London Grenfell disaster, poetry, survivors meet


This video says about itself:

26 June 2017

‘Grenfell Tower, June, 2017’ is a poem written by Nigerian writer Ben Okri. To raise funds for relatives of victims of the Grenfell Tower fire, and for survivors.

Ben Okri and Deborah Levy are organising a writers’ event in London.

From the World Socialist Web Site in England:

Socialist Equality Party holds public meeting on Grenfell fire in London

By our reporter

21 August 2017

The Socialist Equality Party held a public meeting Saturday on the June 14 Grenfell Tower fire, titled, “Social Murder: A crime against the working class.”

Around 100 people attended at the Harrow Club, off Bramley Road, located in the shadow of the burnt-out tower, including a number of survivors, local residents and workers and youth from other parts of the capital and elsewhere.

Chairing the meeting, WSWS writer Robert Stevens explained that the SEP was “very aware that we are dealing with very emotional and sensitive issues today. People here and many others have lost loved ones and even saw them perish in a terrible fire.

“But it is our duty to discuss these questions—not in the manner of the cheap sensationalism of much of the media. We want to present the case for the prosecution of all those responsible for this appalling crime.”

SEP meeting on Grenfell Tower

To ensure that all felt free to speak, the SEP had denied a request from Sky News to film proceedings and told police officers who inquired that they were not welcome.

An attentive audience heard two reports.

The first, given by International Youth and Students for Social Equality member Thomas Scripps, was on the events leading up to and surrounding the tragedy.

The second, given by National Secretary Chris Marsden, was on the political implications of the fire and the perspective advanced by the Socialist Equality Party.

Scripps said, “The Grenfell Tower fire has impacted on every aspect of British life. So much so that it is possible to say that politics in this country can be divided into before and after Grenfell.”

It was the product of decisions taken “which all those involved knew were potentially life threatening, but which were carried out anyway because there was money to be made.”

Scripps demonstrated how the fire started in a floor flat before escalating out of control due to the entire tower being encased in flammable cladding, showing a widely viewed World Socialist Web Site video.

Grenfell Tower became a death trap as the result of the social cleansing policies imposed by Conservative-run Kensington and Chelsea Borough Council and its arms-length company that managed the block—the Kensington and Chelsea Tenant Management Organisation.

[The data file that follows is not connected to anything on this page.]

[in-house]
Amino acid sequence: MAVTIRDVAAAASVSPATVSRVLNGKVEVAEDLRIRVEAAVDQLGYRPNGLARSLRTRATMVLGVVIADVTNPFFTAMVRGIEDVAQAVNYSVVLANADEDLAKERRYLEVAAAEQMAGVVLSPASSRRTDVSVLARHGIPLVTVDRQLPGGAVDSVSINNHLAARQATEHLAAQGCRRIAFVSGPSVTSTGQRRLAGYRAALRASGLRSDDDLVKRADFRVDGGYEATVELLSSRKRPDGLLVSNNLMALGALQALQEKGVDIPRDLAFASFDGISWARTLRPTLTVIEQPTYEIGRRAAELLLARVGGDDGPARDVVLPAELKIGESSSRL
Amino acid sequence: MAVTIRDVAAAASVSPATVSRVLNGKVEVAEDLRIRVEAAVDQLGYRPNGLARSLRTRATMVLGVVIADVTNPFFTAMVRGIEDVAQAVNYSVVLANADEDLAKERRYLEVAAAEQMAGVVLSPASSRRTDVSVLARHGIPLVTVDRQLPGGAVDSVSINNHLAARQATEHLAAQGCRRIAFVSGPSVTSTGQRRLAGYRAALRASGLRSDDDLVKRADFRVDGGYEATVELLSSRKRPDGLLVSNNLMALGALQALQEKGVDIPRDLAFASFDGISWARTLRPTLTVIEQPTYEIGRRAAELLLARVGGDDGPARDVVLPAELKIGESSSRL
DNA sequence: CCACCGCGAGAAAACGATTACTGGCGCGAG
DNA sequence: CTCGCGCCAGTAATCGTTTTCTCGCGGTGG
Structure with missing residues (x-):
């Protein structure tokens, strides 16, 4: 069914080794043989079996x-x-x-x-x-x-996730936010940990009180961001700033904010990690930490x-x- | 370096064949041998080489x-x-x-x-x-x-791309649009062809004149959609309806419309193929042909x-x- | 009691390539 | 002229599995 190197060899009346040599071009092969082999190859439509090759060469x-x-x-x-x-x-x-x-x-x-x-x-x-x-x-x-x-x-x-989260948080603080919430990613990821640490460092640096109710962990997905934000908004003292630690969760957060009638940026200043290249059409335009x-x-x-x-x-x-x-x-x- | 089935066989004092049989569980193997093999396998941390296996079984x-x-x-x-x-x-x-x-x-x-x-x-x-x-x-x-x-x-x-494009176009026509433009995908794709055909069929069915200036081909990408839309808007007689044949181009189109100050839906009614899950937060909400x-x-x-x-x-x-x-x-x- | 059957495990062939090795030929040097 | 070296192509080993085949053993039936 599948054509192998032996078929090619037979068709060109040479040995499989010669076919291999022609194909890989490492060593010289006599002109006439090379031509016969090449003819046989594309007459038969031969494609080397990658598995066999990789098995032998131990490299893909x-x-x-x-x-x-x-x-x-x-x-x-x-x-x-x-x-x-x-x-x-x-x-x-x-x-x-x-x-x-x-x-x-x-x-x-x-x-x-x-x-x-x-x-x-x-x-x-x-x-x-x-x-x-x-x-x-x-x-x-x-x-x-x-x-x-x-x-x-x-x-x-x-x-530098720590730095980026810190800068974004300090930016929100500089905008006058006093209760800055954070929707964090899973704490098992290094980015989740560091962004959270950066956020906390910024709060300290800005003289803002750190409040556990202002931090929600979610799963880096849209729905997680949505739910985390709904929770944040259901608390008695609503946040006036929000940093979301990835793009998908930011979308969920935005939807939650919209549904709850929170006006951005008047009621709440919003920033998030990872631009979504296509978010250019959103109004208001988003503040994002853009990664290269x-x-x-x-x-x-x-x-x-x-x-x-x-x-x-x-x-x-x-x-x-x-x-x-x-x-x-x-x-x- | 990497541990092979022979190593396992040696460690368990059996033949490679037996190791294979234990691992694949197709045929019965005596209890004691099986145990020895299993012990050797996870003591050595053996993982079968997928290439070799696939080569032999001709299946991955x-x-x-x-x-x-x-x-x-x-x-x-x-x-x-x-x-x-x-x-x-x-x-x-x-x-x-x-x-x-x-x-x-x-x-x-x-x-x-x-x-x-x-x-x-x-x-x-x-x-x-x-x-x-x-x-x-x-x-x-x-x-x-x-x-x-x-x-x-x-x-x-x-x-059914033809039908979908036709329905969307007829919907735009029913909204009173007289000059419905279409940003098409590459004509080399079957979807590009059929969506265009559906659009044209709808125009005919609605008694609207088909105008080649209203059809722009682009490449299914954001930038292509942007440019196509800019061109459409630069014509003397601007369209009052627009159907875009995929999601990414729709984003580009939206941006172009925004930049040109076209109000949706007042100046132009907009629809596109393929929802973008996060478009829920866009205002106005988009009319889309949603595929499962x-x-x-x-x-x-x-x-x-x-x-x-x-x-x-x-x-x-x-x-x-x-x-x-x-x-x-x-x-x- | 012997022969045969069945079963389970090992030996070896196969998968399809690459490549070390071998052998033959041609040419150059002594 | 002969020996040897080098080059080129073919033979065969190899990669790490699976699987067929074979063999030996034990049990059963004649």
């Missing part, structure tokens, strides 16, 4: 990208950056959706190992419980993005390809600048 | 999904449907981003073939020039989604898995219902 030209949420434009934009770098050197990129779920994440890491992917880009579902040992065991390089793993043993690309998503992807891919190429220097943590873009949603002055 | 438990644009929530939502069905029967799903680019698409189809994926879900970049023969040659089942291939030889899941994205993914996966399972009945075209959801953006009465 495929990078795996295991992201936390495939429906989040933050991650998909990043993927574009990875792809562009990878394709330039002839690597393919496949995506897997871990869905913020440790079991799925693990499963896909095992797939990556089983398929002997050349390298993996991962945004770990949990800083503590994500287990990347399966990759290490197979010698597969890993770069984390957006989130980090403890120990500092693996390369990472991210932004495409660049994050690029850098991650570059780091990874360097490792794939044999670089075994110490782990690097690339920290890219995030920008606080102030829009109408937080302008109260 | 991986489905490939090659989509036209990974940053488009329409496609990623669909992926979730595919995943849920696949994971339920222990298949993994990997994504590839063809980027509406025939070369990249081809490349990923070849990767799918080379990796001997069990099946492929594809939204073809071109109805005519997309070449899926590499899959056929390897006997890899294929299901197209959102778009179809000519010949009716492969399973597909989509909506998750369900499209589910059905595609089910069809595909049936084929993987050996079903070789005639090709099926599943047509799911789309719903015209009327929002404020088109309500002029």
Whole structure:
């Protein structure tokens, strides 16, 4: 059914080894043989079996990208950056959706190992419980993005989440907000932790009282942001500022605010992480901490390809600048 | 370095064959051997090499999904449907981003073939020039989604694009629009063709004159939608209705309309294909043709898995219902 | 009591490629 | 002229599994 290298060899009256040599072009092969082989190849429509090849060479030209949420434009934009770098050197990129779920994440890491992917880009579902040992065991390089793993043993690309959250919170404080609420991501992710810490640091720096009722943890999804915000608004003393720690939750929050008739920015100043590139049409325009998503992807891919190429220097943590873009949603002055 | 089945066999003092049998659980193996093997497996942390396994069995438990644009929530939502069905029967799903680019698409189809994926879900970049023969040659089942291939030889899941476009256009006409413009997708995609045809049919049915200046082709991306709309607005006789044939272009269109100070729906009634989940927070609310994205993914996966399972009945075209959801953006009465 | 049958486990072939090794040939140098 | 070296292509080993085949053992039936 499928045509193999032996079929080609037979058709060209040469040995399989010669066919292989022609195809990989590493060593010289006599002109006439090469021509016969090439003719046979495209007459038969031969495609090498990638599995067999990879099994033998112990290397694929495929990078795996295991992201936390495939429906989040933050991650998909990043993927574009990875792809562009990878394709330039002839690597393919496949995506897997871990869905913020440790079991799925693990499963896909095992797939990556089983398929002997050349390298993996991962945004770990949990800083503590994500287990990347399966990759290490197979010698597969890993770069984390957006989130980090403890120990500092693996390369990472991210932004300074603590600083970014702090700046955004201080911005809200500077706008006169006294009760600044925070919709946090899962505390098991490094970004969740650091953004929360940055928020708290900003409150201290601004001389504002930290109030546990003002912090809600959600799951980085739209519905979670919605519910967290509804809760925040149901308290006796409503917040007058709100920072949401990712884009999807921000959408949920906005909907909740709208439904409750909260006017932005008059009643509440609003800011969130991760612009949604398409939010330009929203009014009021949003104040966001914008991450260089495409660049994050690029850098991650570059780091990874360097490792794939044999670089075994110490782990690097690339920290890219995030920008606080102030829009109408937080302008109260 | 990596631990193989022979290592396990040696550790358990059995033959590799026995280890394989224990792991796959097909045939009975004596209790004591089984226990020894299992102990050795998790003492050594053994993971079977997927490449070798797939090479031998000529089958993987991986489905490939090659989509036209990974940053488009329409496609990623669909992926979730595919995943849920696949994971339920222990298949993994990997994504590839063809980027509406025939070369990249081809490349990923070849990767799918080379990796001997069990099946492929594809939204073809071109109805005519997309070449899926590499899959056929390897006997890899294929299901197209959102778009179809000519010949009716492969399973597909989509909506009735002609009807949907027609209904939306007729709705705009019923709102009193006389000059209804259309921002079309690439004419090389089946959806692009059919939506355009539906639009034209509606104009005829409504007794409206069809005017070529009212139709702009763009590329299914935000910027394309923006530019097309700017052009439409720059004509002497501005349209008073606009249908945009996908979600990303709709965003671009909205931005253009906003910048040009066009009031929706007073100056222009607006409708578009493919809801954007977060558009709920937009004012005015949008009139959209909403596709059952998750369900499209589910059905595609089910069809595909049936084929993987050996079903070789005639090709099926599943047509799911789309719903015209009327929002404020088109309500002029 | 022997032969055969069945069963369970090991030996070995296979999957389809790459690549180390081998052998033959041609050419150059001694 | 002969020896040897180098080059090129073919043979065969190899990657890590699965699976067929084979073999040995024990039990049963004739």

Scripps noted that “Kensington and Chelsea Council was so keen to destroy social housing and to give Grenfell a cosmetic facelift because it stands to make millions by doing so.

“It is Britain’s richest borough, with the highest house prices in London—an average of £1.37 million last year—and is the site of the most expensive street in the country, Victoria Road, average house price £8 million.”

“Grenfell has taken on the dimensions of a national disaster,” he explained, with hundreds of council-run tower blocks “similarly clad, including the Chalcots Estate in Swiss Cottage.”

“In addition, there are reports of fires involving cladding in the Middle East, Australia and elsewhere—pointing to the international dimensions of Grenfell. Indeed Grenfell was anticipated by blazes involving cladding in at least 20 major high rises all over the world.”

Expanding on this theme, Marsden said that Grenfell, “points to a common experience of the working class all over the world. In country after country, the super-rich get ever richer, while working people suffer an ever-steeper decline in their living conditions.”

He noted that just in the last few months the drive by the capitalist class for increased profits had led to tragedies that have taken the lives of hundreds of people in countries including Sri Lanka, Pakistan, India and Sierra Leone and described these terrible events.

Marsden continued, “Finally, in the richest country in the world, our American comrades have campaigned for years to expose how in Flint, Michigan, Rick Snyder, a multimillionaire Republican governor, and his Democratic state treasurer, Andy Dillon, switched the city’s water supply to untreated water from the polluted Flint River,” with devastating consequences.

Marsden played a World Socialist Web Site video on Flint which has been viewed nearly a million times on Facebook.

The term social murder, Marsden explained, was first coined by the co-founder of scientific socialism, Frederick Engels, in his book, The Condition of the Working Class in England, as long ago as 1845—at the very beginnings of industrial capitalism: “Yet no one today could describe Grenfell in better terms.”

Marsden declared, “The SEP urges all survivors, local-residents and workers everywhere to place no confidence in May’s rotten whitewash of an inquiry … . They must rely on themselves alone, on their social power.

“Workers must demand that all those guilty of social murder at Grenfell in both political and business circles are arrested, charged and put on trial.”

But for this to happen means building the SEP as the political leadership necessary to make it happen.